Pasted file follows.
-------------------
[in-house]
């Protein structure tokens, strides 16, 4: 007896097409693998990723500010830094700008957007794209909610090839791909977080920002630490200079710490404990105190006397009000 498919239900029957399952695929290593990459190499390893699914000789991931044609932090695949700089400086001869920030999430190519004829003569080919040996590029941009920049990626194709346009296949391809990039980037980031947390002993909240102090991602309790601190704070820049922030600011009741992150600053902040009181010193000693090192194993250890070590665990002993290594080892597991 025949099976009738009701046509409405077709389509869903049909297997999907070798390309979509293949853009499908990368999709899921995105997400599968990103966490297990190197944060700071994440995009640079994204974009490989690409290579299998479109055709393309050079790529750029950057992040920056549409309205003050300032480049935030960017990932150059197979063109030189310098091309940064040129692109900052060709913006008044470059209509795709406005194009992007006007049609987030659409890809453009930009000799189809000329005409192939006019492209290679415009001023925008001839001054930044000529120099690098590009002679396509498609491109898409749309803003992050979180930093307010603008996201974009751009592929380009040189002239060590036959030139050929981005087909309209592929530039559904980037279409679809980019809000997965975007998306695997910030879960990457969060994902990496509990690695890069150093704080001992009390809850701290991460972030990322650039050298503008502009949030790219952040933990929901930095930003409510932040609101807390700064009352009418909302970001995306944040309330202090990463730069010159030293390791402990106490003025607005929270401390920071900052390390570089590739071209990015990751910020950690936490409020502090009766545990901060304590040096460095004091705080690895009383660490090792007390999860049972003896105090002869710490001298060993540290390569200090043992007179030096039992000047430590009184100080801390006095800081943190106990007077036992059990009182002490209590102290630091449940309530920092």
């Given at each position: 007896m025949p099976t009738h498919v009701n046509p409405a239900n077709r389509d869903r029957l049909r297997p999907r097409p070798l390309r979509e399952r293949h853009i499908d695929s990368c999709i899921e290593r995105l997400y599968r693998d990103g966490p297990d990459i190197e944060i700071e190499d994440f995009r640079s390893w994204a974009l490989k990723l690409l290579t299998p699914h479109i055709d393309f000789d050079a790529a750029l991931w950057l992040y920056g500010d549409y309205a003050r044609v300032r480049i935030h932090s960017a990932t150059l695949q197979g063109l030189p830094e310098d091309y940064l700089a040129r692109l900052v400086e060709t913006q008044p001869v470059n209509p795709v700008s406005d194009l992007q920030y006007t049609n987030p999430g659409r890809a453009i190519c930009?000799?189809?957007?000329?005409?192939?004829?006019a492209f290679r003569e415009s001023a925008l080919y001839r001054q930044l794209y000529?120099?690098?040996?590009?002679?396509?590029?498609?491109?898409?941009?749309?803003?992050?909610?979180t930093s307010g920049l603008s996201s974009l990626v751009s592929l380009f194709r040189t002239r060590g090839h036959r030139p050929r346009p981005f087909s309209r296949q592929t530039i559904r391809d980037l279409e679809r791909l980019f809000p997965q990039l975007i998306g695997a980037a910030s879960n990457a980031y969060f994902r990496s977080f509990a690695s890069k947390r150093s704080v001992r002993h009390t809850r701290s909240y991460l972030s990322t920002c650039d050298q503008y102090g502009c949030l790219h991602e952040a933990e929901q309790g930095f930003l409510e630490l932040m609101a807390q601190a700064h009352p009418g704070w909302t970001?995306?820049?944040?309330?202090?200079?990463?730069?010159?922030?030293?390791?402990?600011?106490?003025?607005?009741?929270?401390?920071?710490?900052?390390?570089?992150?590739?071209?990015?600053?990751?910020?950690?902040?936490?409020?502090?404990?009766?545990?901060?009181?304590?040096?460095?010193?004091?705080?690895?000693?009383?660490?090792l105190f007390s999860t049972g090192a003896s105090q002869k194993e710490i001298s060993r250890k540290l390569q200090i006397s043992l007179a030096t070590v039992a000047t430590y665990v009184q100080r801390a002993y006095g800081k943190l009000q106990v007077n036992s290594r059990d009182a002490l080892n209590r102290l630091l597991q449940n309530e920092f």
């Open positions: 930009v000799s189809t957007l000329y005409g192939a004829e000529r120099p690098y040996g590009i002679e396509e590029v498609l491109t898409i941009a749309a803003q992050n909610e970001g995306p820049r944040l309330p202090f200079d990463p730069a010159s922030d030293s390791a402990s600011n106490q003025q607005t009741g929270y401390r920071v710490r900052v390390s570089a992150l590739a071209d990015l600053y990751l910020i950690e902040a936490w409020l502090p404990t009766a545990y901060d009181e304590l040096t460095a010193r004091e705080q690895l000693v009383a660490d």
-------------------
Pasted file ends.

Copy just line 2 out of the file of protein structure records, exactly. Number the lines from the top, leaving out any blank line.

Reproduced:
């Protein structure tokens, strides 16, 4: 007896097409693998990723500010830094700008957007794209909610090839791909977080920002630490200079710490404990105190006397009000 498919239900029957399952695929290593990459190499390893699914000789991931044609932090695949700089400086001869920030999430190519004829003569080919040996590029941009920049990626194709346009296949391809990039980037980031947390002993909240102090991602309790601190704070820049922030600011009741992150600053902040009181010193000693090192194993250890070590665990002993290594080892597991 025949099976009738009701046509409405077709389509869903049909297997999907070798390309979509293949853009499908990368999709899921995105997400599968990103966490297990190197944060700071994440995009640079994204974009490989690409290579299998479109055709393309050079790529750029950057992040920056549409309205003050300032480049935030960017990932150059197979063109030189310098091309940064040129692109900052060709913006008044470059209509795709406005194009992007006007049609987030659409890809453009930009000799189809000329005409192939006019492209290679415009001023925008001839001054930044000529120099690098590009002679396509498609491109898409749309803003992050979180930093307010603008996201974009751009592929380009040189002239060590036959030139050929981005087909309209592929530039559904980037279409679809980019809000997965975007998306695997910030879960990457969060994902990496509990690695890069150093704080001992009390809850701290991460972030990322650039050298503008502009949030790219952040933990929901930095930003409510932040609101807390700064009352009418909302970001995306944040309330202090990463730069010159030293390791402990106490003025607005929270401390920071900052390390570089590739071209990015990751910020950690936490409020502090009766545990901060304590040096460095004091705080690895009383660490090792007390999860049972003896105090002869710490001298060993540290390569200090043992007179030096039992000047430590009184100080801390006095800081943190106990007077036992059990009182002490209590102290630091449940309530920092």